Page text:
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Comment: Re:"Plugin-Free" (Score 1) 65

Flash has an install base of 99%. Of the 1% that don't have flash installed, there are some people (like me) who dislike it, but welcome the open web with all its new standards. So the people who have a worse experience (as they can't not install those 'bloaty features') are less than 1%. And even for you the situation improves. You can turn on and off everything you want or don't want, at least in firefox, in which there are about:config settings for most of the APIs. With flash you have a very binary choice. And for the other 99%: everybody who uninstalls flash is a reason more to have such APIs in the browser.

Comment: Re:Opus support for IE, finally? (Score 1) 65

In their blog post, they pledged to implement opus for webrtc. Let's hope they also enable it for <audio> elements. But still I'm very happy about this, as perhaps one day I don't need a closed-source native application to chat and talk with my friends over skype.

+ - Microsoft Is Bringing WebRTC To Internet Explorer, Eyes Plugin-Free Skype Calls 1

Submitted by Anonymous Coward
An anonymous reader writes "Microsoft today announced it is backing the Web Real-Time Communication (WebRTC) technology and will be supporting the ORTC API in Internet Explorer. Put another way, the company is finally throwing its weight behind the broader industry trend of bringing voice and video calling to the browser without the need for plugins. Both Google and Mozilla are way ahead of Microsoft in this area, both in terms of adding WebRTC features to their respective browsers and in terms of building plugin-free calling services that rely on the technology. In short, Skype is under threat, and Microsoft has finally decided to opt for an “If you can’t beat ‘em, join ‘em” strategy."

+ - Hungary to introduce 62 cents/GB internet tax

Submitted by NotInHere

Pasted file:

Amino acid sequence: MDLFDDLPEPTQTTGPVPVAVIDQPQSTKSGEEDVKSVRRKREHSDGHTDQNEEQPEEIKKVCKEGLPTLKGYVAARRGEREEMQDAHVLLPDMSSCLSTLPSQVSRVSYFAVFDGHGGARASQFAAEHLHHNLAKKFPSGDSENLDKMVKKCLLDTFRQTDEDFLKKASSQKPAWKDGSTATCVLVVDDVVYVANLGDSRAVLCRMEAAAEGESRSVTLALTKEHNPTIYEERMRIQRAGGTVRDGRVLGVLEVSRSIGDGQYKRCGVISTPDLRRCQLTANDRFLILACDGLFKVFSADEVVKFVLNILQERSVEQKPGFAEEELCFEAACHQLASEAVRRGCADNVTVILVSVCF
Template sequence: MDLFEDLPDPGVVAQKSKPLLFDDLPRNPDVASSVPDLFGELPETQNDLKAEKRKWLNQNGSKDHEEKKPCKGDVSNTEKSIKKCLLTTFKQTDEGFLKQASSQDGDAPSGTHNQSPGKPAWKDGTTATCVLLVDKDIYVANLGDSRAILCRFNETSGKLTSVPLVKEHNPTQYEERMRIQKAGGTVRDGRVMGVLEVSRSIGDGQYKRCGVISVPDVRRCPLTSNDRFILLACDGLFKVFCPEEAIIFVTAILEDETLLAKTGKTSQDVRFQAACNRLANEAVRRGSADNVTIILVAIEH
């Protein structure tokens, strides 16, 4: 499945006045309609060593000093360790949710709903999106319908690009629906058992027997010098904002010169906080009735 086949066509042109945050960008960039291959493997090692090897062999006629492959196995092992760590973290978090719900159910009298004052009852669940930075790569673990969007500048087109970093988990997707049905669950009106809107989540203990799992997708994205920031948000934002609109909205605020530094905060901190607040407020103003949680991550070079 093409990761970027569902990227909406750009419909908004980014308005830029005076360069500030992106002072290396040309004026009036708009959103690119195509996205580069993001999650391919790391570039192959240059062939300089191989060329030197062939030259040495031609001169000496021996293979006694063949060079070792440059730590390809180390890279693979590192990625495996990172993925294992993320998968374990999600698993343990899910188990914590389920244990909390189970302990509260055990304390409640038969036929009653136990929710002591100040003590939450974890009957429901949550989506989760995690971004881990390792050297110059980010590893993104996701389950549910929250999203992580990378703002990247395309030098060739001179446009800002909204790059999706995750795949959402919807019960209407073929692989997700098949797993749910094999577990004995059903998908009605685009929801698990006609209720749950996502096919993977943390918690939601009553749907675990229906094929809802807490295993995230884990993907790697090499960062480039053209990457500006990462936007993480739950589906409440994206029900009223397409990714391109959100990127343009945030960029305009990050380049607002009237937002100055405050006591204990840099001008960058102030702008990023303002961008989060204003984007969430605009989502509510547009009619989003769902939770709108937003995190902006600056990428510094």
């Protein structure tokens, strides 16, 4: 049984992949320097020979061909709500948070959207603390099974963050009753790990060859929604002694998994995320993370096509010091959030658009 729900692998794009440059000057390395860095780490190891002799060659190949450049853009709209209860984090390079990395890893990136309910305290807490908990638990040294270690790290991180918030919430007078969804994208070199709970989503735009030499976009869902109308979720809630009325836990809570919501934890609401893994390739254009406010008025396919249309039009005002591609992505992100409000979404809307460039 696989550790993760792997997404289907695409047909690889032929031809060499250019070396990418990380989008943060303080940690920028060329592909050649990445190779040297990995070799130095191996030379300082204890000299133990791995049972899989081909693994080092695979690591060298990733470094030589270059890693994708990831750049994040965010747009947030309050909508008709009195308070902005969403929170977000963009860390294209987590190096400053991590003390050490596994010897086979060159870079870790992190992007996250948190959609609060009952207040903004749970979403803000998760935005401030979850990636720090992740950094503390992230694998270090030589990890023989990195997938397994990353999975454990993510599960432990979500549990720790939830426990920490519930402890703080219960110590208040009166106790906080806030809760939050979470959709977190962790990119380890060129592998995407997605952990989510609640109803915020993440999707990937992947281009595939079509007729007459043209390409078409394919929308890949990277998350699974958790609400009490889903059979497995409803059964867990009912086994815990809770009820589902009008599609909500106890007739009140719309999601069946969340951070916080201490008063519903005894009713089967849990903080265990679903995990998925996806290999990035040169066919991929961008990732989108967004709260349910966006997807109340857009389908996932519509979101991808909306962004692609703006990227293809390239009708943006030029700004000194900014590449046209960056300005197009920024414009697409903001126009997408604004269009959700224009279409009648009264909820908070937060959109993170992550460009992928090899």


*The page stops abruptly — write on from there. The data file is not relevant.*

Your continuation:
NotInHere (3654617) writes "In Hungary, the government of Victor Orban wants to impose world's first traffic-based tax of 150 HUF (0.62 USD) per gigabyte of internet traffic. According to economy minister Mihaly Varga, this has been neccessary to "plug holes in the 2015 budget", and to compensate for the people's move of communication habits from 2 cents per min taxed POTS to the untaxed internet. This tax has not just raised criticism by telecom providers, but also resulted in heavy revolts, even though the government later announced to cap the tax at 700 HUF for consumers and 5000 HUF for businesses, and let the telecom providers pay the remaining part."

+ - Steve Ballmer gets Billion-Dollar Tax Write-Off for being Basketball Baron->

Submitted by McGruber
McGruber (1417641) writes "According to a report published by The Financial Times (, ex-Microsoft CEO Billionaire Steve Ballmer will be able to write about a Billion dollars of his Basketball Team's purchase price off from the taxable income he makes over the next 15 years:

"Under an exception in US law, buyers of sports franchises can use an accounting treatment known as goodwill against their other taxable income. This feature is commonly used by tax specialists to structure deals for sports teams. Goodwill is the difference between the purchase price of an asset and the actual cash and other fixed assets belonging to the team."

NBC Los Angeles has a non-paywalled summary here:"
Link to Original Source

+ - Mozilla publishes Online news site "The Open Standard" 1

Submitted by NotInHere
NotInHere (3654617) writes "According to its Mozilla wiki page, the Open Standard will "explore the role of openness and transparency in all aspects of society". Since the writing of that wiki page, the article "Welcome to The Open Standard" has been published, so The Open Standard (how it got its name here) is officially launched. The article currently has rendering difficulties on my desktop, therefore I'll paste it here:

From its start, Mozilla has advocated for the open, transparent and collaborative systems at work in our daily lives. This is the next step in that mission.

Welcome to The Open Standard.

From the beginning, Mozilla has dedicated itself to advocating for an open Web in wholehearted belief that open systems create more opportunity for everyone.

From its advocacy work to web literacy programs, to the creation of the Firefox browser, Mozilla has exemplified the journalism adage, “show, don’t tell.” It’s in that tradition that we’re excited to bring you The Open Standard, an original news site dedicated to covering the ideas and opinions that support the open, transparent and collaborative systems at work in our daily lives.

We advocate that open systems create healthier communities and more successful societies overall. We will cover everything from open source to open government and the need for transparency; privacy and security, the “Internet of Things” vs. “pervasive computing”, to education and if it’s keeping up with the technological changes. The bottom line? Open is better.

This is just the beginning. Over the next few months, The Open Standard will open itself to collaboration with you, our readers; everything from contributing to the site, to drawing our attention to uncovered issues, to crowdsourcing the news.

We thank you for joining us and hope you will make us a regular part of your day.


Anthony Duignan-Cabrera
Editor in Chief
The Open Standard"

If a listener nods his head when you're explaining your program, wake him up.